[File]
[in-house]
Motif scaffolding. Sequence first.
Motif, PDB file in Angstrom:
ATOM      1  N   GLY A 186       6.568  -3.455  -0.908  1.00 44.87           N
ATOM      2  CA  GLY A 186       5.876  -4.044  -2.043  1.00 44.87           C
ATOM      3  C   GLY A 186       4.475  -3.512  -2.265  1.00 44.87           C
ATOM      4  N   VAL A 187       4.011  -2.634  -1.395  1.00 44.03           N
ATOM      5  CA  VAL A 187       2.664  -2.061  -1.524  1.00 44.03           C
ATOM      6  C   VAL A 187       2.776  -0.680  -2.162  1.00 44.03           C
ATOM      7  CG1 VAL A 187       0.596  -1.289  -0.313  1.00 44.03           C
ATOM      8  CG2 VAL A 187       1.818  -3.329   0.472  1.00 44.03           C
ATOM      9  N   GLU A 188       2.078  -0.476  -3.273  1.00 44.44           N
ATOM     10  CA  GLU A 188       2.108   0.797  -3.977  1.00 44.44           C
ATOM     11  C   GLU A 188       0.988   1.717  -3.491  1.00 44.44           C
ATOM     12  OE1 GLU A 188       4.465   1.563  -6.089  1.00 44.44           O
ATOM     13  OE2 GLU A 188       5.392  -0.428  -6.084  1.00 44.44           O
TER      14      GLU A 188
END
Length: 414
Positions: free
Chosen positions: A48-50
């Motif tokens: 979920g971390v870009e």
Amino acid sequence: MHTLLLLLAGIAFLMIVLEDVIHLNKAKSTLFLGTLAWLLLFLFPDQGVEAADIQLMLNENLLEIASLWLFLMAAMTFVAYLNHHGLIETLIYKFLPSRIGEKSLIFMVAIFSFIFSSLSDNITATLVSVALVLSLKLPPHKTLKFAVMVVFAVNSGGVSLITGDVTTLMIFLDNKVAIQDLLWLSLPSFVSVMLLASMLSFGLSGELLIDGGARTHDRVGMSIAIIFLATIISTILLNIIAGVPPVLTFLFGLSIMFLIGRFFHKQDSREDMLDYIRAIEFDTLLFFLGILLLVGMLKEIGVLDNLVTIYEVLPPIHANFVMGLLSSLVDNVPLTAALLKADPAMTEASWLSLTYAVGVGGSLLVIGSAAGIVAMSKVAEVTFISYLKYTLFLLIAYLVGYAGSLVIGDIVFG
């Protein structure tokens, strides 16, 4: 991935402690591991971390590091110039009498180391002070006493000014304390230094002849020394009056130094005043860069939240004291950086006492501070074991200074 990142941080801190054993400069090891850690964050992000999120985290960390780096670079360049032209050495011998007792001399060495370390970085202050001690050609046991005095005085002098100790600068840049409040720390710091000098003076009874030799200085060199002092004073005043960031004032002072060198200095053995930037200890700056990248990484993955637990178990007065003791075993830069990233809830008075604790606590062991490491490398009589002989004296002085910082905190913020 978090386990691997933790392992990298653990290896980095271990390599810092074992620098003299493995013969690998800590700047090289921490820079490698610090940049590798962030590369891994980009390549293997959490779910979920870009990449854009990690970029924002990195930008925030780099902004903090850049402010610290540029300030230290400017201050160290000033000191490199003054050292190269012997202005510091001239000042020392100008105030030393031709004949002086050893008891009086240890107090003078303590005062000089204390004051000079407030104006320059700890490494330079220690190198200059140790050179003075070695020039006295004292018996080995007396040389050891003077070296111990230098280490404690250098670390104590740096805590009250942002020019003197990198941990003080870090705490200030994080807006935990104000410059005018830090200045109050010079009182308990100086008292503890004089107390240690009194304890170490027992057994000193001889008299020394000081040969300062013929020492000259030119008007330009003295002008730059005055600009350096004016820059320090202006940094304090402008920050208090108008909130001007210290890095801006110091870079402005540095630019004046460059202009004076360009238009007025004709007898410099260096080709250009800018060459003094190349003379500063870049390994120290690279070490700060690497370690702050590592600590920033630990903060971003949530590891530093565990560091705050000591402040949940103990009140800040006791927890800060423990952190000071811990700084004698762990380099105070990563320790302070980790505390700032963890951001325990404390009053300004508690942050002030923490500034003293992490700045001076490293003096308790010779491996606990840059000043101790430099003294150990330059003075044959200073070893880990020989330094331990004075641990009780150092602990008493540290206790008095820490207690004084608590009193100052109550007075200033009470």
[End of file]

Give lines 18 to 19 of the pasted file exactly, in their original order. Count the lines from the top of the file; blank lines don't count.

END
Length: 414